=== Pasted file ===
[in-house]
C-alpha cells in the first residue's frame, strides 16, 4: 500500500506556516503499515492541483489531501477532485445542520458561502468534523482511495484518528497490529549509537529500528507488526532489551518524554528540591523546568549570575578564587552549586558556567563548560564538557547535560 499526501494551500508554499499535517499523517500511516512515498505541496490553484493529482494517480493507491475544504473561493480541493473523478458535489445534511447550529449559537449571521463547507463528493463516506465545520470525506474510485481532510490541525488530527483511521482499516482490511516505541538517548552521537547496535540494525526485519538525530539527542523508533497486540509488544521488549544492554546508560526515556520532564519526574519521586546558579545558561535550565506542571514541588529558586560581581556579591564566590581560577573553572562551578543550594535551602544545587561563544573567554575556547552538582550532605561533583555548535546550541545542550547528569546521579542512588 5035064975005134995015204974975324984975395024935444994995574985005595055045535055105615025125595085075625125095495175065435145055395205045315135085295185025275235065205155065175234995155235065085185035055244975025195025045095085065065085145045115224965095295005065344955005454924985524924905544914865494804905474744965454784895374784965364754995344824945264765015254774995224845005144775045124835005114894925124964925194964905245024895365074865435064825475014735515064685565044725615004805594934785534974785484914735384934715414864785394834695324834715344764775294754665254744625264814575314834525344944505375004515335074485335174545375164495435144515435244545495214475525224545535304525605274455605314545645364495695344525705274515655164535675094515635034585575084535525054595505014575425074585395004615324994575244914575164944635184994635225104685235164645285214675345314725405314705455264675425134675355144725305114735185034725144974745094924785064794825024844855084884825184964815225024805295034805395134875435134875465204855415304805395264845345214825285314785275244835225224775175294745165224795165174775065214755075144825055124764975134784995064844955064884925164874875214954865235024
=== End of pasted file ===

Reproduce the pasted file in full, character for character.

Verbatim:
[in-house]
C-alpha cells in the first residue's frame, strides 16, 4: 500500500506556516503499515492541483489531501477532485445542520458561502468534523482511495484518528497490529549509537529500528507488526532489551518524554528540591523546568549570575578564587552549586558556567563548560564538557547535560 499526501494551500508554499499535517499523517500511516512515498505541496490553484493529482494517480493507491475544504473561493480541493473523478458535489445534511447550529449559537449571521463547507463528493463516506465545520470525506474510485481532510490541525488530527483511521482499516482490511516505541538517548552521537547496535540494525526485519538525530539527542523508533497486540509488544521488549544492554546508560526515556520532564519526574519521586546558579545558561535550565506542571514541588529558586560581581556579591564566590581560577573553572562551578543550594535551602544545587561563544573567554575556547552538582550532605561533583555548535546550541545542550547528569546521579542512588 5035064975005134995015204974975324984975395024935444994995574985005595055045535055105615025125595085075625125095495175065435145055395205045315135085295185025275235065205155065175234995155235065085185035055244975025195025045095085065065085145045115224965095295005065344955005454924985524924905544914865494804905474744965454784895374784965364754995344824945264765015254774995224845005144775045124835005114894925124964925194964905245024895365074865435064825475014735515064685565044725615004805594934785534974785484914735384934715414864785394834695324834715344764775294754665254744625264814575314834525344944505375004515335074485335174545375164495435144515435244545495214475525224545535304525605274455605314545645364495695344525705274515655164535675094515635034585575084535525054595505014575425074585395004615324994575244914575164944635184994635225104685235164645285214675345314725405314705455264675425134675355144725305114735185034725144974745094924785064794825024844855084884825184964815225024805295034805395134875435134875465204855415304805395264845345214825285314785275244835225224775175294745165224795165174775065214755075144825055124764975134784995064844955064884925164874875214954865235024